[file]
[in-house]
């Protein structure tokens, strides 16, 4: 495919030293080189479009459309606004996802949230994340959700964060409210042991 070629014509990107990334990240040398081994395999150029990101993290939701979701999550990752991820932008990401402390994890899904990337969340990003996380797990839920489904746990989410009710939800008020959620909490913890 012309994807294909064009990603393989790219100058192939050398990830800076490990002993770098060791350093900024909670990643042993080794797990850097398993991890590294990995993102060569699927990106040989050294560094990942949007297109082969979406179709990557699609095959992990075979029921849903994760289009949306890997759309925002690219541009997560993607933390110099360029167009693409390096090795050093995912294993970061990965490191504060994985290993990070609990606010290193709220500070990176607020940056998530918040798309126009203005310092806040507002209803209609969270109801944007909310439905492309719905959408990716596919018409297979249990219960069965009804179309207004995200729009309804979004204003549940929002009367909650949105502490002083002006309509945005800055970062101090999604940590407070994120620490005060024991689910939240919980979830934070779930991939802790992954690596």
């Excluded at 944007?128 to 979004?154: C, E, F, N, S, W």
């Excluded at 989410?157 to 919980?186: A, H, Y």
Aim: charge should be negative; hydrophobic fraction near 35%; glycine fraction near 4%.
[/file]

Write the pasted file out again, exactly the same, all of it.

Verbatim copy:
[in-house]
């Protein structure tokens, strides 16, 4: 495919030293080189479009459309606004996802949230994340959700964060409210042991 070629014509990107990334990240040398081994395999150029990101993290939701979701999550990752991820932008990401402390994890899904990337969340990003996380797990839920489904746990989410009710939800008020959620909490913890 012309994807294909064009990603393989790219100058192939050398990830800076490990002993770098060791350093900024909670990643042993080794797990850097398993991890590294990995993102060569699927990106040989050294560094990942949007297109082969979406179709990557699609095959992990075979029921849903994760289009949306890997759309925002690219541009997560993607933390110099360029167009693409390096090795050093995912294993970061990965490191504060994985290993990070609990606010290193709220500070990176607020940056998530918040798309126009203005310092806040507002209803209609969270109801944007909310439905492309719905959408990716596919018409297979249990219960069965009804179309207004995200729009309804979004204003549940929002009367909650949105502490002083002006309509945005800055970062101090999604940590407070994120620490005060024991689910939240919980979830934070779930991939802790992954690596």
């Excluded at 944007?128 to 979004?154: C, E, F, N, S, W």
């Excluded at 989410?157 to 919980?186: A, H, Y």
Aim: charge should be negative; hydrophobic fraction near 35%; glycine fraction near 4%.